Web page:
Why not? and then soak it in mouthwash of different colours (blue, red, green..) for a couple of hours. Rubbing scrubbing soaking fun!
If you don’t brush your teeth all kinds of things gets stuck in between. With your negatives, its important that you keep the sprockets clean!
Following ingredients: Baking soda toothpaste (hard to find as the companies try to sell baking soda as “micro-crystals” or other creative paraphrases), I took 2 different brands/types to see if there is any difference. Extra baking soda, just in case. Mouthwash, green (extra mint, yum!).
First try: take a bit of toothpaste and scrub the negative. Not much to see except some pasty stuff, off to the mouthwash.
Second try: bit of toothpaste and some extra baking soda, longer rubbing. This time some thicker pasty stuff and obviously the negative loses some colour, off to the mouthwash.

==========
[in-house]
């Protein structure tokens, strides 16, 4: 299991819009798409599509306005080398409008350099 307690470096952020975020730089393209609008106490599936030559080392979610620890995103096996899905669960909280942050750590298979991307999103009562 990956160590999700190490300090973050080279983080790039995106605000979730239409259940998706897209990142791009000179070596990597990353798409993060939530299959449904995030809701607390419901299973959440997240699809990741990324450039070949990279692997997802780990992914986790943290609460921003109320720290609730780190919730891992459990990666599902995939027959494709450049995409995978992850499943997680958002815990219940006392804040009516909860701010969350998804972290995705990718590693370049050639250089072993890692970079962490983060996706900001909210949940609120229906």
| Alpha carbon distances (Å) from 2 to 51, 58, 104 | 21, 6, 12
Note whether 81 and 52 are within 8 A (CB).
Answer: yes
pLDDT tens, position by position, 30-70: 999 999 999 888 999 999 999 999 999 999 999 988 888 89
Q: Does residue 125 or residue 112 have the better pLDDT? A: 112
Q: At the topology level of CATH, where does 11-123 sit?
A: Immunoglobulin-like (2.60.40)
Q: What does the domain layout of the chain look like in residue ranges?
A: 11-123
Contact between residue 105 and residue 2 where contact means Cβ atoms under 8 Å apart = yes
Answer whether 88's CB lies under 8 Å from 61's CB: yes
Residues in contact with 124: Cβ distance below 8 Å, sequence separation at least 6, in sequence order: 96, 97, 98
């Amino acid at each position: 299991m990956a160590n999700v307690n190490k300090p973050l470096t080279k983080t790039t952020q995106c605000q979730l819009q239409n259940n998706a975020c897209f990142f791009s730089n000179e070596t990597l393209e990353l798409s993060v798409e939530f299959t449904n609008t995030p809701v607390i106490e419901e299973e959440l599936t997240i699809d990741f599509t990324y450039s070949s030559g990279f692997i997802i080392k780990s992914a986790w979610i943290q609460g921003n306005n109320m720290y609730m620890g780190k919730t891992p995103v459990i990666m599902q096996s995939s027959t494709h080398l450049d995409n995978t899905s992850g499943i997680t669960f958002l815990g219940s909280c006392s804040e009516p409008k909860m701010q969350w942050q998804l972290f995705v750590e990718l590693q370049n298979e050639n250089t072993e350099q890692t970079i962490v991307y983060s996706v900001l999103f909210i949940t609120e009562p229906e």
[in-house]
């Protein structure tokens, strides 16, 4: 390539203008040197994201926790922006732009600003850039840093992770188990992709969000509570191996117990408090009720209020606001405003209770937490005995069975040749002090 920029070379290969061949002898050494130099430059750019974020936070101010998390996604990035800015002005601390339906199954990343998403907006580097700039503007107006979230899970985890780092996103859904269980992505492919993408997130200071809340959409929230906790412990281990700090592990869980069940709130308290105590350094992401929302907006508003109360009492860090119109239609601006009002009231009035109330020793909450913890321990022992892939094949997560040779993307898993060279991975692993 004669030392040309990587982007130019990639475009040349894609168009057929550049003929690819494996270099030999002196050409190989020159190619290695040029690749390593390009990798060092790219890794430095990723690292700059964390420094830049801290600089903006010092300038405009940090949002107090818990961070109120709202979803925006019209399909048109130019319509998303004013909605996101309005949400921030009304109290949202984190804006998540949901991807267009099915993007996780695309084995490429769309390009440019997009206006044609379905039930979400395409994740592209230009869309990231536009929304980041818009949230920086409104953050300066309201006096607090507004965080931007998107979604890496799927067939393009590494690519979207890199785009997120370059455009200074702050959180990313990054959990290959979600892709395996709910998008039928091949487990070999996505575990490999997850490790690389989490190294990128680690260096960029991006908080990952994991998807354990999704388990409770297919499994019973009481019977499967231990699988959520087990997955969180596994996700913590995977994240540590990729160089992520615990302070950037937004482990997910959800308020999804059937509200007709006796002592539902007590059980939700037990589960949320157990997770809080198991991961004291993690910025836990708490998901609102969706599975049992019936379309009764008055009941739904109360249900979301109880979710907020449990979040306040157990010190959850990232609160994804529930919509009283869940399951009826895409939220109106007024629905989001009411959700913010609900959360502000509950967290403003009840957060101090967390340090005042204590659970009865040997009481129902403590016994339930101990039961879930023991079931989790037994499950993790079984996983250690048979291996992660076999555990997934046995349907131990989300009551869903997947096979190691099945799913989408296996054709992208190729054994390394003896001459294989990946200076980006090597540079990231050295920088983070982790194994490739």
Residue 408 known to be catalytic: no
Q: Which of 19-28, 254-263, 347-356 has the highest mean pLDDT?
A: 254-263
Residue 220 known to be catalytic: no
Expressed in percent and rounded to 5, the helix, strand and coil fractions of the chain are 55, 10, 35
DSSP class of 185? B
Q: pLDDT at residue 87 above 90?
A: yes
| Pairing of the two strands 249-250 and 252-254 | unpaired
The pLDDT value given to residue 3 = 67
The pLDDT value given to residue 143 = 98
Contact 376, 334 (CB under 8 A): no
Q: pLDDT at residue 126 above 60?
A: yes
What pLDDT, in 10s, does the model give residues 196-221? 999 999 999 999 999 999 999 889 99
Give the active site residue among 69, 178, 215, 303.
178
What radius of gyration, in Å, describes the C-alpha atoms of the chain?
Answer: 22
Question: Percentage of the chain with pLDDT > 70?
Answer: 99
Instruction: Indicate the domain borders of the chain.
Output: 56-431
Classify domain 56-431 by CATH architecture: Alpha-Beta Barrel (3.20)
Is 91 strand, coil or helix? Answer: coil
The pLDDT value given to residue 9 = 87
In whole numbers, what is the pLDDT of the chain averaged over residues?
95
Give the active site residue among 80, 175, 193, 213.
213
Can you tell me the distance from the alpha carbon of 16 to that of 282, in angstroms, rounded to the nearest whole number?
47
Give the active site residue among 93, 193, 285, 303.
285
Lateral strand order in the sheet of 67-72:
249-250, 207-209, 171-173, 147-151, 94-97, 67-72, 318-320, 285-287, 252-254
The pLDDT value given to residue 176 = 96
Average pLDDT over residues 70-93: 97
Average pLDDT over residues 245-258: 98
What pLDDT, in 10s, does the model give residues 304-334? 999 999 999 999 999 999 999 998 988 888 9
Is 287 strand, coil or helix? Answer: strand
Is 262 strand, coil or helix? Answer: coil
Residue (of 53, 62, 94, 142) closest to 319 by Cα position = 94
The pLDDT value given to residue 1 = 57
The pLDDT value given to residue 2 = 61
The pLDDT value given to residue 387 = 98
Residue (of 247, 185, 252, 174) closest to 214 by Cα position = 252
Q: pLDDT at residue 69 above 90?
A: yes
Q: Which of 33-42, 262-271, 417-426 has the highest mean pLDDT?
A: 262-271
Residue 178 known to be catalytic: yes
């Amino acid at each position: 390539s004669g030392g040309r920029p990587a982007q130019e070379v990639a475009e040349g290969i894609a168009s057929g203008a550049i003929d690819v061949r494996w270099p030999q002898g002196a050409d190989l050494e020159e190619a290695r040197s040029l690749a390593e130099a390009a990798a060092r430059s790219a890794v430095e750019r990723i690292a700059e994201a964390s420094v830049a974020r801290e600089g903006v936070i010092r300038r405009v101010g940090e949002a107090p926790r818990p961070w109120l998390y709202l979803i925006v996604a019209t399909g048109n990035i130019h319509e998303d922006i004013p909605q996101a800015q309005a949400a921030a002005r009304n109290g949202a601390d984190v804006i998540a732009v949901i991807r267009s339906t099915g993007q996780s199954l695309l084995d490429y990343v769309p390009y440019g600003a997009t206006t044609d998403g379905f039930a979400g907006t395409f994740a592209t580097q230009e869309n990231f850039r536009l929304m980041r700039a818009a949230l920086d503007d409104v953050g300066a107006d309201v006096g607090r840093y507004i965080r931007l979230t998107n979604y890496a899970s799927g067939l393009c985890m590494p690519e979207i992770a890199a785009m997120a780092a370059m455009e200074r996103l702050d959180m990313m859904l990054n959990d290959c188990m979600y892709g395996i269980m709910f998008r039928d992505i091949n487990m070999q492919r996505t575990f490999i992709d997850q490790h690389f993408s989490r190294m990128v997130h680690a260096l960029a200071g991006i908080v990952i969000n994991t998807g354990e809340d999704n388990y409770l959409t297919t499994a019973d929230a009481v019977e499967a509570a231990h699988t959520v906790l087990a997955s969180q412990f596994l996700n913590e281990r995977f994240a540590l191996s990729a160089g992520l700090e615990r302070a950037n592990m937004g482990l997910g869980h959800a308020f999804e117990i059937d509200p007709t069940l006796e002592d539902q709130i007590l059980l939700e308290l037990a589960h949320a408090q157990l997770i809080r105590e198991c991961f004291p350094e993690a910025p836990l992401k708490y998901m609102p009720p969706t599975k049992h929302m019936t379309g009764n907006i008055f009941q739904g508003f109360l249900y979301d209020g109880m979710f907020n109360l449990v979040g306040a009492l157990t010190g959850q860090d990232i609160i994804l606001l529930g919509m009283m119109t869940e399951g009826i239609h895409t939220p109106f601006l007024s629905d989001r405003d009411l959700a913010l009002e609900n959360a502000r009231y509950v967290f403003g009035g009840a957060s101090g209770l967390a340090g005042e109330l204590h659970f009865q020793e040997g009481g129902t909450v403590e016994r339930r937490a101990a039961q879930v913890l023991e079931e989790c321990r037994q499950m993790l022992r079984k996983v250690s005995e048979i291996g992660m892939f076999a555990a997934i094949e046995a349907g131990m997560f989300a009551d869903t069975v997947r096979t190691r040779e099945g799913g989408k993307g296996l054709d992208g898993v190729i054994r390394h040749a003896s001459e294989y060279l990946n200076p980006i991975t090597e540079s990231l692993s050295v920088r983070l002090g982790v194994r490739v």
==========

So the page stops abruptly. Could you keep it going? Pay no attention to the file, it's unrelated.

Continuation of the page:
Third try: the other toothpaste, impatient heavier rubbing. Obvious holes in the emulsion, off to the mouthwash. I let them soak in mouthwash for more than 18 hours before i took them out.
The rubbing creates tiny scratches in the negative, and if you go on and on you will finally scratch off the whole negative. The toothpaste doesn’t add much to the scratching (it’s supposed to softly polish your teeth, not to grind them down) but leaves some smudge behind. The extra baking soda isn’t noteworthy either.
And the mouthwash… as your teeth are not green after using it, I’d guess the colouring potential of it is pretty low. And after an 18 hour bath there is no trace of colour effect. At least the negative smells like “waking up in a wild mint field at sunrise”-image painted with neon ballpens.
These Lab Rat experiments might not have been the most spectacular ones result-wise. But they showed one important thing: You can really try hard to do cruel things to your negatives, they are still OK or at least not completely destroyed (unless you are really enthusiastic about the act of destruction).
Which means: Analogue rules! Long live the negatives!